In 2010 former state trooper Andrew Crumbie told Mary and I that the most blatant form of racial profiling occurs when the motorist is not given a ticket or written warning. We then came up with the traffic stop receipt concept and brought it to Rep. Ritter (then a city councilman), who has supported the provision since he was elected later that year. The police have fought to kill the receipt every year since then. The receipt language was one of three CP Penn Act amendments passed in 2012. Due to political pressure from the police, the receipt was repealed before going in effect July 1, 2013. Rep. Ritter again added the receipt to his bill this year, over the objections of the advisory board. During his testimony Fuchs talked about the need for ‘communication’ about racial profiling between the police and community residents. This is the same guy who told me during an interview in 2013 that the advisory board had not reviewed or discussed the findings of the DOJ investigation of the EHPD. When I asked why, Fuchs said, “That’s not our charge.” Fuchs’ assertion was that the board didn’t need to “look back” at a racial profiling scandal that made national news, exposed what the DOJ described as a “culture of corruption” at the EHPD and resulted in the conviction of two EHPD officers for violating the civil rights of Latinos. Fuchs became upset when I challenged him about the absurdity of his remarks, going as far as to question my “professionalism”. In my opinion, that was coded language for saying that I was acting uppity. Bill Dyson, the advisory board’s Black figurehead, said that the board members had not read the DOJ report and didn’t need to. When I said that the board members absolutely should have read the report, Dyson had the effrontery to ask me why. Last year the board used CT News Junkie to spin revisionist history: Dyson continued to contradict Fuchs and himself in an interview, repeating his preposterous claim that the EHPD case was the impetus for their work.

Evidence exists which show that police departments’ compliance with the current law has been poor. Members of the advisory board admitted to me that they received complaints from community residents about patrol officers not giving them the card they are supposed to receive during a traffic stop. The card contains information on how to file a racial profiling complaint. An activist in New Haven told us that residents in her neighborhood weren’t being given the cards. Rep. Morris told Patrick Gaynor, President of the Connecticut Council of Police Unions, that constituents in both his and Rep. Porter’s districts had not indicated to them that police were giving them the cards. Morris said he was not given the card after he was stopped last week. These reports refute Gaynor’s attempt to minimize the racial profiling issue by telling lawmakers that the Office of Policy and Management has only received 12 racial profiling complaints since October 2013, and his assertion that the money in Rep. Ritter’s bill that would be used to install printers in police cruisers would be better spent on initiatives to “build trust” between community residents and the police. Ha!

Rep. David Baram attempted to throw cold water on the hearing by talking about the diversity scam: you know, how everything will be peachy-keen if departments add Black and Latino officers to their rosters. The blue first mantra stating that cops are cops before they’re any color is well known. In February, Elson Morales was one of two Bridgeport police officers who pleaded guilty to violating the civil rights of Orlando Lopez-Soto during a physical assault that was caught on video. Diversity sure didn’t help the Black teen who was knocked unconscious by a Black NYPD cop, who then taunted the teen’s friends who were recording his brutal assault by telling them to make sure they got it on film. In another video, a Black NYPD officer stands by passively as a white detective punches a Black twelve-year-old boy.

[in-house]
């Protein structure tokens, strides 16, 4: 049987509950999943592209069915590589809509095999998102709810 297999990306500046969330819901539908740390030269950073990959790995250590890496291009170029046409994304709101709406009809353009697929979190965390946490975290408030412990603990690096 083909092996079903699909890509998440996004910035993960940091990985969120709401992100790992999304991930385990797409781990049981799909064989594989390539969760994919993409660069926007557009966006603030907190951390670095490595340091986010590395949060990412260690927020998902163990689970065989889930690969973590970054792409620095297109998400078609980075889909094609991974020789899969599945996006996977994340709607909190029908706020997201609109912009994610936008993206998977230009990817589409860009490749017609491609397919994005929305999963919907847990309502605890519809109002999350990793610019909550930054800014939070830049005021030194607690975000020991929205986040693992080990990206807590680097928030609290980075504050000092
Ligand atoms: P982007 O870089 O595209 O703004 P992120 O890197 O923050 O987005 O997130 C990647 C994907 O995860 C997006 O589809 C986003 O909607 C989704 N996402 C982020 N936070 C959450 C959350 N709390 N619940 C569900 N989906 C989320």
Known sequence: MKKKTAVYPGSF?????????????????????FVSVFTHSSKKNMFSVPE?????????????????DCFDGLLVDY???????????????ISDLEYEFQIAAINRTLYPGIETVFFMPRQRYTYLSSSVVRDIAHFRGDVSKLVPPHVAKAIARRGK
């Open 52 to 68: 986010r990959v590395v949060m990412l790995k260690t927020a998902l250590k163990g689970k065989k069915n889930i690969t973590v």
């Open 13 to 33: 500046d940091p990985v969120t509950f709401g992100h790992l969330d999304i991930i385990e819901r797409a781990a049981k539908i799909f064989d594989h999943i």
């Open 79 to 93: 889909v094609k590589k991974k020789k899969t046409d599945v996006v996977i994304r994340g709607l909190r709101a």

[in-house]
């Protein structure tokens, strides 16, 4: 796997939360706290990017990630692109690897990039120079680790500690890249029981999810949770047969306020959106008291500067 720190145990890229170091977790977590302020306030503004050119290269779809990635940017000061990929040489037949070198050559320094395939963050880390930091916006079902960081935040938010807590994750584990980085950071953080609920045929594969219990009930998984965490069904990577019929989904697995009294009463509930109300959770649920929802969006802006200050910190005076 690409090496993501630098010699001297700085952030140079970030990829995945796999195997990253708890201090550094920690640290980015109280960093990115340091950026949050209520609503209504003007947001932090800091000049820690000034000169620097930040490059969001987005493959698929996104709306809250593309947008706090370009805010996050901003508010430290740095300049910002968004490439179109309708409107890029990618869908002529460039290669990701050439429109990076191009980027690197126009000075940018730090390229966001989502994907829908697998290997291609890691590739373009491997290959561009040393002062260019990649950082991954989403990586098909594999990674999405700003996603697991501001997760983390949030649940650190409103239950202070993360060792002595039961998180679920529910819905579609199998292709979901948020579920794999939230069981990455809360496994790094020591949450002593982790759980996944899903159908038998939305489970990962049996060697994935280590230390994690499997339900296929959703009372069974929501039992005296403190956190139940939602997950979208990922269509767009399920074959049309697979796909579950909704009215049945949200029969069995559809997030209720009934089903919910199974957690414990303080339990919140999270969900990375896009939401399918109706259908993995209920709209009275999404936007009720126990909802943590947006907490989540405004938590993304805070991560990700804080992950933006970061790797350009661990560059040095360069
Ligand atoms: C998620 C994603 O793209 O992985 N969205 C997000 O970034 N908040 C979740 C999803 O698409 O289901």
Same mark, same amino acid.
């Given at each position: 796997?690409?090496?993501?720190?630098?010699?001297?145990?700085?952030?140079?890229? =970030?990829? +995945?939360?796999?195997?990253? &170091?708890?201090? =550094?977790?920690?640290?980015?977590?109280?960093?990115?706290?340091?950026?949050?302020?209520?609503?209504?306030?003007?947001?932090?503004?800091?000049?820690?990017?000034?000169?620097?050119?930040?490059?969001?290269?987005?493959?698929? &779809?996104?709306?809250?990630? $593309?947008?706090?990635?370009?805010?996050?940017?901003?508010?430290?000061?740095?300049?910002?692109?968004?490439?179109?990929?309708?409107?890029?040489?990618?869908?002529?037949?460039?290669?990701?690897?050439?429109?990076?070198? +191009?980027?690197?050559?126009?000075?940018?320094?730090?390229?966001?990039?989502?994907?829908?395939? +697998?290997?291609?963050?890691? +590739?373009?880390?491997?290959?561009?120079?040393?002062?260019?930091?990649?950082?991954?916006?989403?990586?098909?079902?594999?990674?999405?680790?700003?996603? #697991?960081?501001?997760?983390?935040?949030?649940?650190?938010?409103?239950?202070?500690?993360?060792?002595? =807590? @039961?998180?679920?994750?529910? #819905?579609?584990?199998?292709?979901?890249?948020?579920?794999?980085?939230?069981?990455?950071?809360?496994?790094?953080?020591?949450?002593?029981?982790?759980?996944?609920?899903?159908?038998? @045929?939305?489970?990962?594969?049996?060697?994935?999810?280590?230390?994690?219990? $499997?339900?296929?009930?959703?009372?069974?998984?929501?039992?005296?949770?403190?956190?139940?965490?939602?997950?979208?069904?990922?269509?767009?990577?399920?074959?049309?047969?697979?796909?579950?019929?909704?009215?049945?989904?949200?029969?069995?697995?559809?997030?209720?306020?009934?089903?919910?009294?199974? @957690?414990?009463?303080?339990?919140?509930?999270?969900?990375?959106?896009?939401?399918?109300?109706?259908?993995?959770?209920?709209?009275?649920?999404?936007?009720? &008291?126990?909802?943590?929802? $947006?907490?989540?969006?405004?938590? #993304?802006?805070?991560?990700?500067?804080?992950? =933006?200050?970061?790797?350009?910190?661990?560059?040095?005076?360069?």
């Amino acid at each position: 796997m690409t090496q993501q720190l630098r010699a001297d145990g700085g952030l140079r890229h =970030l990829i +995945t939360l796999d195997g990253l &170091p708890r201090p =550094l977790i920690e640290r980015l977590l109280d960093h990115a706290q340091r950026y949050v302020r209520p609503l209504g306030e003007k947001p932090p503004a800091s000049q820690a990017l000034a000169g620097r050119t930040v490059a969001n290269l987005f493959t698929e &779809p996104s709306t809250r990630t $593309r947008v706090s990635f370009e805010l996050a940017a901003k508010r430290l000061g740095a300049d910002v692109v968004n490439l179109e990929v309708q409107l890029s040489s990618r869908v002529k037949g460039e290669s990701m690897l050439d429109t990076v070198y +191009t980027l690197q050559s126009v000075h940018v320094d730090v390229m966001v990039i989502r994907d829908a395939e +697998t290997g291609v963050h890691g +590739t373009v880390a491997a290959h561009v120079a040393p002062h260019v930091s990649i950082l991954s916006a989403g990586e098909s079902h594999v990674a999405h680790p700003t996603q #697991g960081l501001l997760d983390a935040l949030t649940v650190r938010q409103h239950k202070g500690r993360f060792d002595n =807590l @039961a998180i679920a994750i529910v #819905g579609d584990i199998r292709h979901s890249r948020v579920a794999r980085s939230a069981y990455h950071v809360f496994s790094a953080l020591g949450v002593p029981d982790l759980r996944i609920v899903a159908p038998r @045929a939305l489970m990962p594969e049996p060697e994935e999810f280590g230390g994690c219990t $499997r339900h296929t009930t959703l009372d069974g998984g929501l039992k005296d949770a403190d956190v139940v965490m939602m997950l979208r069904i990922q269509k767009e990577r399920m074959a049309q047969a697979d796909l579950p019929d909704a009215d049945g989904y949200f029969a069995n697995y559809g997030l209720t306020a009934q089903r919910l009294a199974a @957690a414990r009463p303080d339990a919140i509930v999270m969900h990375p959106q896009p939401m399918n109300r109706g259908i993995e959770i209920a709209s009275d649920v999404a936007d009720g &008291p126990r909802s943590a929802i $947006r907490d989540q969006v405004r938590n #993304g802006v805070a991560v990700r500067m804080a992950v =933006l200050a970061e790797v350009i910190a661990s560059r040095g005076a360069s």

My co-worker John Hollis, who has worked hard to help pass CP’s Safe Work Environment Act workplace bullying legislation, shared his thoughts on the racial profiling issue. “It’s usually the police chiefs that are against the rights of the people in general. Those are political jobs. Their primary objective is to protect the ruling class while keeping the rest of us in check. They don’t want any laws that would interfere with their objective. A retired Hartford cop told me that.” The state racial profiling law is named in honor of the late Sen. Alvin W. Penn, who spoke out after being racially profiled in 1996.

As Rep. Morris said Friday, biased policing is alive and well in Connecticut and nationwide. Stay tuned for updates. Contact Judiciary Committee co-chair Sen. Eric Coleman and politely urge him to support H.B. 5437.

Check out the Connecticut Post’s coverage of the public hearing. As this column went to press, Christine Stuart of CT News Junkie and Daniela Altimari of the Courant, two of the most prominent State Capitol reporters, have not covered this story. Any Capitol ‘journalist’ who ignores the events at last week’s public hearing is a stooge for the police.

Follow CP on Twitter for state, national and global headlines and updates on the status of our Trayvon Martin and Safe Work Environment Acts, including action alerts. Listen to WQTQ 89.9 FM for CP’s public service announcements on our racial justice initiatives. Check out our No Sellout blog ( for the complete archive of CP columns and Northend Agent’s for selected columns ( . Contact us at 860-206-8879 or